A■ J.P. Rose / Contributed
massive, sprawling development may soon fundamentally transform the rural Nuevo community. This new city, full of tens of thousands of people, would generate more air pollution and gridlock in Riverside County and endanger wildlife habitat that taxpayers forked out millions of dollars to protect.
The development, called Villages of Lakeview, is being considered for approval by the county. But community members still have a chance to stop this controversial project by voicing their opposition to the county board of supervisors.
Speaking up is vital. Villages of Lakeview exemplifies the outmoded sprawl model of development that has resulted in the horrible traffic jams, multi-hour commutes, and unhealthy air for which Southern California is infamous.
Kids in Riverside County already breathe some of the nation’s dirtiest air. The county received an “F” for air quality from the American Lung Association – second only to San Bernardino County as the state’s worst. Such extreme air pollution can cause illness and premature death from asthma, lung cancer, and other health problems.
Villages of Lakeview will make things worse by putting more polluting cars on the road. Even the county’s own environmental review concedes the project would increase the imbalance between jobs and housing in the Nuevo area. And the Southern California Association of Governments says developments like this are too intense for the community.
But if the county approves the project, it would not be the first time the county put the desires of developers before the needs of community.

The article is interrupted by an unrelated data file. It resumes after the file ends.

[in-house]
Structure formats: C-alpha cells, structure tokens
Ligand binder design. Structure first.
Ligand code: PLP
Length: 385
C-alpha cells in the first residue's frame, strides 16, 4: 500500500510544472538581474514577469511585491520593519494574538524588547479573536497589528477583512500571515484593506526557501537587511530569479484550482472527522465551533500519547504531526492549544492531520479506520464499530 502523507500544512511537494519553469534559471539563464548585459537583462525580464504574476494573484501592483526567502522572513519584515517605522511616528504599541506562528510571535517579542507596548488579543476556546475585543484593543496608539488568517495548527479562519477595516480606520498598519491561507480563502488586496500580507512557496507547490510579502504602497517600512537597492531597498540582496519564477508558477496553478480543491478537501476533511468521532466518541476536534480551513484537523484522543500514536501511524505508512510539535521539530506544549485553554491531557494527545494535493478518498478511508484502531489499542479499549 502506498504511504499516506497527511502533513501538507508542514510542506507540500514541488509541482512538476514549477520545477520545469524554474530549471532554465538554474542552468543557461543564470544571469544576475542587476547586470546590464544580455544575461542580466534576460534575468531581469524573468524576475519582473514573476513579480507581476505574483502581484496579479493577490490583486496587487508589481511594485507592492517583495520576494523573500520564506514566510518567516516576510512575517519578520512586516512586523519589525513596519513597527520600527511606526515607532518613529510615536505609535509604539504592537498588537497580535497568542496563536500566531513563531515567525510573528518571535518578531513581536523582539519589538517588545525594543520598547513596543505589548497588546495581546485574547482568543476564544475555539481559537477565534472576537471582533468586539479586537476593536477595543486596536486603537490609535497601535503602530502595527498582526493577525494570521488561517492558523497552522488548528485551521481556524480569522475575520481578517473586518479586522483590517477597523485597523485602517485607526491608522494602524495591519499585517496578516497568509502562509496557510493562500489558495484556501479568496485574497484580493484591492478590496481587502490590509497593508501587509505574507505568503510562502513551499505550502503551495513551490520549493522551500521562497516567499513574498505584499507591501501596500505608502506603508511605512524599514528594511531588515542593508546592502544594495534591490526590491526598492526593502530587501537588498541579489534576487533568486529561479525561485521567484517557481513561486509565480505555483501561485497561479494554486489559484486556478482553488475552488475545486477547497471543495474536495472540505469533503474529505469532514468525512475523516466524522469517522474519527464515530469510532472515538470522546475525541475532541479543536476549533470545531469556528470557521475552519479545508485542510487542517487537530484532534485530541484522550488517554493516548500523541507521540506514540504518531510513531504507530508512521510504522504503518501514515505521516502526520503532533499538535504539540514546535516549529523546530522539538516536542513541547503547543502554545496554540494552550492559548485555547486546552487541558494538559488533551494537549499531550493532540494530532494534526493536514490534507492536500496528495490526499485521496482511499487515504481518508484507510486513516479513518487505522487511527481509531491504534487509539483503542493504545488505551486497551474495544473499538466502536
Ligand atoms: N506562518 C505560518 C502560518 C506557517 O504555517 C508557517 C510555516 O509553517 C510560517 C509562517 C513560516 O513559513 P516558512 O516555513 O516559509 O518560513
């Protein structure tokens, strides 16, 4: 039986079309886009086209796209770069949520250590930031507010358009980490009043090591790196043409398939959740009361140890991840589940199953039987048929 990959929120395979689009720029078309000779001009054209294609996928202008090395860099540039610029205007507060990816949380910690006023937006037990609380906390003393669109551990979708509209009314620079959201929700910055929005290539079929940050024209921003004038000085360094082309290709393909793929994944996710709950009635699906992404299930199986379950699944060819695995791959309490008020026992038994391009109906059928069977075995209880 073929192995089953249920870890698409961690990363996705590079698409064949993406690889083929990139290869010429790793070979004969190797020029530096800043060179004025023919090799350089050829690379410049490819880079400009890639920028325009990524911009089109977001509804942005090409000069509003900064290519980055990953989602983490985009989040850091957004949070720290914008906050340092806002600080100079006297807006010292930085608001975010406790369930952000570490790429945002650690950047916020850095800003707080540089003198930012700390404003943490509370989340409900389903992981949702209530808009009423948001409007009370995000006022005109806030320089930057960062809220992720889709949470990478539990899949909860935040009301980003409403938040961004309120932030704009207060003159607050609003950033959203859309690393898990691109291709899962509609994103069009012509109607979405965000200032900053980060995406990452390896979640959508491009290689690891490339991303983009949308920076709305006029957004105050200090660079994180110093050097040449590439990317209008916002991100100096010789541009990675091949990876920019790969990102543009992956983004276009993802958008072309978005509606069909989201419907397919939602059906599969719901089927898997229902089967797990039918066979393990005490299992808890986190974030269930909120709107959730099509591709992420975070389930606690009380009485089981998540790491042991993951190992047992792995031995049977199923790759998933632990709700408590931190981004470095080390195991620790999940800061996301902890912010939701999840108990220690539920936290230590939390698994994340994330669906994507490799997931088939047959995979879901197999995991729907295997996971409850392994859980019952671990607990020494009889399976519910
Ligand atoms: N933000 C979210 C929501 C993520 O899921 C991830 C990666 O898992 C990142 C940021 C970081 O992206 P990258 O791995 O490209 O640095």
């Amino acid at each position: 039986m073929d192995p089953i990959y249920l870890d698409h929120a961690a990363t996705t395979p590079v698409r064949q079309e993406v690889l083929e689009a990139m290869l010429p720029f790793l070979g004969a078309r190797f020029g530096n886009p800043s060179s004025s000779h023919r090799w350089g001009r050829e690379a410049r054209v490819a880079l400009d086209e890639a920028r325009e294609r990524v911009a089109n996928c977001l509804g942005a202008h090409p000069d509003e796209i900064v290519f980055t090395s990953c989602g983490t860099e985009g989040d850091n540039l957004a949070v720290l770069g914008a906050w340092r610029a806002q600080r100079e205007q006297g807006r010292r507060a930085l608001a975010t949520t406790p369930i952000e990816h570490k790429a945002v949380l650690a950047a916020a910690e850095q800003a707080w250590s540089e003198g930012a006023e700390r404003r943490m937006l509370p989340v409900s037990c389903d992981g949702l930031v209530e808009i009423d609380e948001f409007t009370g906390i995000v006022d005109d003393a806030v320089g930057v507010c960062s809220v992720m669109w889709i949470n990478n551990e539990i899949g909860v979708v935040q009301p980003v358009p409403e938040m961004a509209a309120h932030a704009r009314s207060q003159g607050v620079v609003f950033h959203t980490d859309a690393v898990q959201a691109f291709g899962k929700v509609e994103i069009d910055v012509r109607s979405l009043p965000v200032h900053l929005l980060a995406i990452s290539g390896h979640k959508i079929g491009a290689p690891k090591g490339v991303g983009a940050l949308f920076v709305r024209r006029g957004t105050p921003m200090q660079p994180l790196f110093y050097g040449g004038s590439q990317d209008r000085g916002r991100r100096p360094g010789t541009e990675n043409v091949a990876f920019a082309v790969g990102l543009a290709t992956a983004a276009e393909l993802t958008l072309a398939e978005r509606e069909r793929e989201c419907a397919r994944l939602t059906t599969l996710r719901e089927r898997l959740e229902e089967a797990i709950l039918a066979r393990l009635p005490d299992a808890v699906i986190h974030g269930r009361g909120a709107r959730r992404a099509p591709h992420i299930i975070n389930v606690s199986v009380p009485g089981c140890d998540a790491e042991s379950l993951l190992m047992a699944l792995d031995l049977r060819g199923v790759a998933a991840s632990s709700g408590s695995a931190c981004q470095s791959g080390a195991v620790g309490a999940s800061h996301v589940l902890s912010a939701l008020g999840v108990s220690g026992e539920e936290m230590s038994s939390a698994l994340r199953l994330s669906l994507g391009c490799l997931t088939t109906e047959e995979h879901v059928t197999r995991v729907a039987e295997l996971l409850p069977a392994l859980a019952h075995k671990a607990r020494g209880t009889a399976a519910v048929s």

Five years ago, a Riverside Superior Court judge rejected a nearly identical version of the project because the county failed to disclose health risks, greenhouse gas pollution, and traffic impacts.
Now, instead of shelving the project, the county is poised to approve it a second time.
That would take a tremendous toll on wildlife. Inserting 36,000 people next to a sensitive wildlife area demonstrates reckless and short-sighted land-use planning.
The San Jacinto Wildlife Area was set aside for imperiled wildlife in 1979 and is enjoyed by bird watchers, hikers and hunters. Spanning 19,000 acres, it provides rare habitat for dozens of imperiled species in the region. And it functions as an outdoor classroom for local schools.
Intensive human activity and associated noise, light, and water pollution will endanger wildlife that live in the refuge. Conflicts between people and wildlife will be inevitable – pet cats will kill imperiled birds near the refuge, and coyotes will eat residents’ pets.
The wildlife refuge already is at risk from other projects. The city of Moreno Valley recently approved a 2,600-acre warehouse complex called the World Logistics Center near the refuge.
If the World Logistic Center is built, it would cover one-tenth of the city’s land in warehouse uses, add 14,000 truck trips per day to the area, and interfere with birds migrating on the Pacific Flyway to the refuge.
At the planning commission’s Sept. 6 hearing, dozens of community members – including children – pleaded with the commission to stop Villages of Lakeview. Very few people spoke in favor of it.
The county should reject the project and focus on tackling the housing shortage by encouraging development in urbanized areas.
The county has a duty to protect the rights of residents to clean air and healthy ecosystems. The community can stand up for these rights and California’s natural heritage by resisting this incredibly foolish project.
J.P. Rose is an attorney with the Center for Biological Diversity’s urban wildlands program.
A■ J.P. Rose / Contributed